The release of the heavy gas hydrogen sulphide is a normal occurrence and has brought an impossible to miss odor to the Coral Bay mangrove area, above.
Coral Bay residents have recently been complaining about a strong sulphur-type of smell emanating from the mangrove area, which is impossible to miss as anyone who passes near the area can attest.
Some residents have chalked the stink up to seaweed decomposing on the shoreline, while others have pointed their fingers at boats in the harbor.
The real culprit, however, is the naturally occurring release of hydrogen sulphide, explained St. John plant ecologist Dr. Gary Ray.
“People are smelling the release of hydrogen sulphide,” said Ray. “That area releases hydrogen sulphide because decaying matter gets incorporated into the soil, which is saturated with water.”
“So that matter is breaking down in an environment with no oxygen which alters the decomposition route giving you hydrogen sulphide instead of carbon dioxide, which we would hardly smell,” he added.
When organic matter decomposes in a forest area, for example, there are fungi and bacteria breaking down the top layer of soil, but there is plenty of oxygen, so the decomposition results in odorless carbon dioxide, explained Ray.
“The forest is a mostly dry environment, but in a wetland, you always have a lens of water right near the surface and so all of this activity is going on in an environment that is pretty much anaerobic,” said Ray. “It could be a regular CO2 route, but here you have just stagnant water that will just sit there. When you have this with no oxygen because of all this water, it will choose a different route of decomposition.”
“Instead of aerobic, you have anaerobic restoration which gives you hydrogen sulphide instead of carbon dioxide,” Ray said.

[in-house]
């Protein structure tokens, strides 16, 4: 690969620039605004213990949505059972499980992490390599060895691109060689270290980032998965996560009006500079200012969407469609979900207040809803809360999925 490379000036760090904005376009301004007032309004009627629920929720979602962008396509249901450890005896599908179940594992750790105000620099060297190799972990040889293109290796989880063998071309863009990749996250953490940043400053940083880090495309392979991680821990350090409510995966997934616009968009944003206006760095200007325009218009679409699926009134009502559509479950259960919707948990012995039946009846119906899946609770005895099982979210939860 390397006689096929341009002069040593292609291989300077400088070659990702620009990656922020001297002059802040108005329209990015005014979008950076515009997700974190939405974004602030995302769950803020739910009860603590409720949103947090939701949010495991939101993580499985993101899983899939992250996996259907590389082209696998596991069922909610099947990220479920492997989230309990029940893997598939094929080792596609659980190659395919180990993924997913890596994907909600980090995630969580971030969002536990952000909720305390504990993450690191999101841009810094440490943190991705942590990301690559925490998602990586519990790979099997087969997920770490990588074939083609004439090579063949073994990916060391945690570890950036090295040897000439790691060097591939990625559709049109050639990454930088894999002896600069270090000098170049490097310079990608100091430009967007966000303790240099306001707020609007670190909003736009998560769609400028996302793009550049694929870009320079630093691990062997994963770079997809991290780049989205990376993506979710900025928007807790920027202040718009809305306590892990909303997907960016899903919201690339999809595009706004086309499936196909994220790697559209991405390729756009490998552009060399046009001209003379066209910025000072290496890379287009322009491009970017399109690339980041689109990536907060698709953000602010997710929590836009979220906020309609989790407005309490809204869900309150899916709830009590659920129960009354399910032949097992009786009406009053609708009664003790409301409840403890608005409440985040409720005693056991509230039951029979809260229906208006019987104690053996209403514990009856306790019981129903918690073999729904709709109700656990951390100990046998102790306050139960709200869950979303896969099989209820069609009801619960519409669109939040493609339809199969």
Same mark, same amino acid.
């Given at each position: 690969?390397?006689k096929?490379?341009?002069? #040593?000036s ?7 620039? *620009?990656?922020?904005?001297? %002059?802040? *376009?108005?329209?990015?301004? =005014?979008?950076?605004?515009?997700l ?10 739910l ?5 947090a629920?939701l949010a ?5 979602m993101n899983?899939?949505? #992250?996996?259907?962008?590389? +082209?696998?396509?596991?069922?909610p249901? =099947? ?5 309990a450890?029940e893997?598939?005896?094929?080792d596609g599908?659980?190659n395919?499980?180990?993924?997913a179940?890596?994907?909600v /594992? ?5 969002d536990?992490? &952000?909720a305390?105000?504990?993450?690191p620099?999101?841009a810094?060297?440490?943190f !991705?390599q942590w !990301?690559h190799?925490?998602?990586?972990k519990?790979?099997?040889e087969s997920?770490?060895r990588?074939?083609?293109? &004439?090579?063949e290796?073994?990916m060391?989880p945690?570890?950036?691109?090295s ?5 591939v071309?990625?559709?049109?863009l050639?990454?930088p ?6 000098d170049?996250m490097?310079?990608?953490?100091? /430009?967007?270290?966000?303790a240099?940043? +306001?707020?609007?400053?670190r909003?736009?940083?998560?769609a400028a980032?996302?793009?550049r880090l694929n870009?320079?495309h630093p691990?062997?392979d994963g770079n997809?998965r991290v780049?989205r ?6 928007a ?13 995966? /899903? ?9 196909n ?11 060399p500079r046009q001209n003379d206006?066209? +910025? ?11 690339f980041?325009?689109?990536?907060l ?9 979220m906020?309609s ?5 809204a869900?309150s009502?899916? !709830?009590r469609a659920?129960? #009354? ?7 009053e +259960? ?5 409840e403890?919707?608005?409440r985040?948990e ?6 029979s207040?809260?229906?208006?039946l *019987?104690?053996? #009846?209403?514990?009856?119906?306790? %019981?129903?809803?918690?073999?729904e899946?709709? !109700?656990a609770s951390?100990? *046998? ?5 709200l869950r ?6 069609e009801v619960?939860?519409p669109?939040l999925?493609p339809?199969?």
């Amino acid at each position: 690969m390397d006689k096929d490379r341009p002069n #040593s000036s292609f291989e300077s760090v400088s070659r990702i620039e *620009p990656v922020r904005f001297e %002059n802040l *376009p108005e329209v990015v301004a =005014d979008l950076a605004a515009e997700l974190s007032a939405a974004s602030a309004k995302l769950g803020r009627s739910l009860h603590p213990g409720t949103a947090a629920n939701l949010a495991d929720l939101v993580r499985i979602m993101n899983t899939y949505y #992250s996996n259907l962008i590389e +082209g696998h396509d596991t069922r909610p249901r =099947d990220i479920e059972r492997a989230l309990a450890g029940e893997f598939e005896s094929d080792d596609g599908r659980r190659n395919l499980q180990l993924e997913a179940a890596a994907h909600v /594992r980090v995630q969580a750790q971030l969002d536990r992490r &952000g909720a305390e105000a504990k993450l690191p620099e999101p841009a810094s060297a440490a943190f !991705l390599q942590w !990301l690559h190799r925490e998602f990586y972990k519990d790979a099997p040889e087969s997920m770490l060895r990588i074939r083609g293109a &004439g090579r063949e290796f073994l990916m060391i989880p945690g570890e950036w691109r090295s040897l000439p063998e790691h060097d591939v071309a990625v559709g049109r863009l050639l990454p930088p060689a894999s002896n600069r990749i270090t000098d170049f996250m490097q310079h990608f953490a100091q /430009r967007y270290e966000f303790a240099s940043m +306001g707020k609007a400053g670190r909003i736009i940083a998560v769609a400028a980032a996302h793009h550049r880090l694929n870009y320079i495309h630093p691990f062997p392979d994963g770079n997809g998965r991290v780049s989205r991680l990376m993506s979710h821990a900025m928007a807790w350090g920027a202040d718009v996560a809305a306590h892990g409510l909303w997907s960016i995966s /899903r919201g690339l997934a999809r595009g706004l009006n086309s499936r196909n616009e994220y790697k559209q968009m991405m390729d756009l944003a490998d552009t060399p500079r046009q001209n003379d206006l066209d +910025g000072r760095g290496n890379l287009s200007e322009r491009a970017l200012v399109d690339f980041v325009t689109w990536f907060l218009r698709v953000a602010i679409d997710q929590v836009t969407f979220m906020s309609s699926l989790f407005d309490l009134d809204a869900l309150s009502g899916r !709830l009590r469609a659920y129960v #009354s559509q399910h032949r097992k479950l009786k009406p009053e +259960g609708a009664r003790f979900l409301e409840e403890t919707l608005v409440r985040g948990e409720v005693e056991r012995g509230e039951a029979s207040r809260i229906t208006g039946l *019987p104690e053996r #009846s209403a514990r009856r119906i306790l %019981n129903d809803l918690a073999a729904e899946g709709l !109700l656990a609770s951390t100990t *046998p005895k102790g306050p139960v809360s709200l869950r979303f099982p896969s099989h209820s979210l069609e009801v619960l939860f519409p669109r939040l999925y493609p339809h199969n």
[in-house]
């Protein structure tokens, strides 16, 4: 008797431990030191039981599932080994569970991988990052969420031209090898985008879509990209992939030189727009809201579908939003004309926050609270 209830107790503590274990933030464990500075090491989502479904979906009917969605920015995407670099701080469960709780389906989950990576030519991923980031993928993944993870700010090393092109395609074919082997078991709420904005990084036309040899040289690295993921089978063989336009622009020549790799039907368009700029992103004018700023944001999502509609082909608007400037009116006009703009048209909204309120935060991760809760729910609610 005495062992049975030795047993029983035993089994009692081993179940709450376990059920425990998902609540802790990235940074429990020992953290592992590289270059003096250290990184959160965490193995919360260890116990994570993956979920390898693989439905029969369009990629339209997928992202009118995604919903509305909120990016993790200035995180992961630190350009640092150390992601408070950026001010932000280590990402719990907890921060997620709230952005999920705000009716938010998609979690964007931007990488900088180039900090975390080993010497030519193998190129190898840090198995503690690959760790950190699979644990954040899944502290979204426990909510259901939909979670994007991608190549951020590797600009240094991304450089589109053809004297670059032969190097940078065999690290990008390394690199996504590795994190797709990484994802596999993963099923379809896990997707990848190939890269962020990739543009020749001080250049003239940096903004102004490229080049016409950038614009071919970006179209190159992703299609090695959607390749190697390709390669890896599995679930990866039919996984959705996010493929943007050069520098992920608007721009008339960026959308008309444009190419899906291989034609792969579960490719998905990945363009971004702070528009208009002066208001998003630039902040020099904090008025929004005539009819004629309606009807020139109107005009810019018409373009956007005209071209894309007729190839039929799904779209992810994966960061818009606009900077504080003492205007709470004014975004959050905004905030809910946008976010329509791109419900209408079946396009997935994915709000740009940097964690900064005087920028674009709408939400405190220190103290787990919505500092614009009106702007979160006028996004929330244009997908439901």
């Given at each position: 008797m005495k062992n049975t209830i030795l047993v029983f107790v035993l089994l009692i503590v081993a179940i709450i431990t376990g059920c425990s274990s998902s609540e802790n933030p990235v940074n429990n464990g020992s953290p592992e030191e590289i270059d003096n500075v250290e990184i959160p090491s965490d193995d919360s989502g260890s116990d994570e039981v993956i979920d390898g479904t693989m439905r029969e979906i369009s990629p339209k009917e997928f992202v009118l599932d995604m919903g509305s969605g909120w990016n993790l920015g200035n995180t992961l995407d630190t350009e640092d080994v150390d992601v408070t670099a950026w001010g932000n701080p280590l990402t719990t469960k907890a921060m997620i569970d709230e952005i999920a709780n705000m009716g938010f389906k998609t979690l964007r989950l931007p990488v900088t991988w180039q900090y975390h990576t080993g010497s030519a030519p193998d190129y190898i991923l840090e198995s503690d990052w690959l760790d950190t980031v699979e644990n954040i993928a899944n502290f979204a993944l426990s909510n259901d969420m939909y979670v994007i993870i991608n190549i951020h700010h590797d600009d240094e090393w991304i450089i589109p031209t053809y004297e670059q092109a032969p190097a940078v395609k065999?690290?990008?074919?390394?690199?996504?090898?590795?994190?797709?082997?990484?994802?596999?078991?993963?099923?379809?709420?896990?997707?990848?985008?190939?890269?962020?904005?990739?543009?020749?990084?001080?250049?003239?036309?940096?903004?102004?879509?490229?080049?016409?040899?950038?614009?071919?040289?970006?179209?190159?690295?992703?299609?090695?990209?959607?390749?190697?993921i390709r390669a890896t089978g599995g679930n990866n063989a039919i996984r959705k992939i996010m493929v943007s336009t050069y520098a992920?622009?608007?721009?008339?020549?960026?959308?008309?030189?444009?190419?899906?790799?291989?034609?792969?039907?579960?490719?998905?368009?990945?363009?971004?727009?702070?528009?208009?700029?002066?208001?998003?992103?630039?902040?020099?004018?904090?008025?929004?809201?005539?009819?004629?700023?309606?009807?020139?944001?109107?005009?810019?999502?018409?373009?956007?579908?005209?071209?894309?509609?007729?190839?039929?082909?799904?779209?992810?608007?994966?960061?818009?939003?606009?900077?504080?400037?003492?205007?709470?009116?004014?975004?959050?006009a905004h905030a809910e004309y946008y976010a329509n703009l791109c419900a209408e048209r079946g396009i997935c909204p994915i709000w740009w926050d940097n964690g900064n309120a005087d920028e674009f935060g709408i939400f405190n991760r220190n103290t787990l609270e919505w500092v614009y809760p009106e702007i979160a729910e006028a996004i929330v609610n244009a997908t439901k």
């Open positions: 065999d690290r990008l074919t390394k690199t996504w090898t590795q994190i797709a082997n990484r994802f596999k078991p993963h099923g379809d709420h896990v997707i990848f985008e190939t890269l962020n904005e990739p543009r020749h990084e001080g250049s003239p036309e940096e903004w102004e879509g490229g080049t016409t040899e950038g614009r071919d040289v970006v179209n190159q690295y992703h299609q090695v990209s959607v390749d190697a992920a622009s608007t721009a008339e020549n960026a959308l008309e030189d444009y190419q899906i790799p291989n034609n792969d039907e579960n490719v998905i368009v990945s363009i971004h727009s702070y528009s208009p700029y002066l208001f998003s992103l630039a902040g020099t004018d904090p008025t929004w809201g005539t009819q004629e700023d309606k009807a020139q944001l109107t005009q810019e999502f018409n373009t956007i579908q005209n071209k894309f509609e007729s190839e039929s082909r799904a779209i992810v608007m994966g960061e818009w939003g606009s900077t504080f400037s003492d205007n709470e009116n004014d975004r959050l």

While this type of decomposition is occurring all the time, the smell grows stronger when the water table drops, Ray explained.
“It all depends on how much respiration is going on,” said the plant ecologist. “When we got the dry weather lately, the water level dropped and it exposed all of this area that held the hydrogen sulphide.”
Hydrogen sulphide release is common in wetlands areas, Ray added.
“The hydrogen sulphide was there, but we were just smelling the top part which was not strong,” he said. “It was there and you knew you were in a wetland, but when it gets dry that hydrogen sulphide is now being released.”
“It’s a gas now and it’s a heavier gas, so it doesn’t just go way up into the atmosphere,” Ray said.
“It kind of hovers near the ground and that is why it’s been a strong smell,” he added. “Also, there hasn’t been much wind, which would have helped disperse the smell.”
With winds last week hovering between 15 and 19 knots, the hydrogen sulphide smell improved somewhat, but what will really help is more rain, according to Ray.
“If there is enough rain to fill all the air space in the soil, which can happen pretty quickly, that will help with the smell as well,” said the local plant ecologist.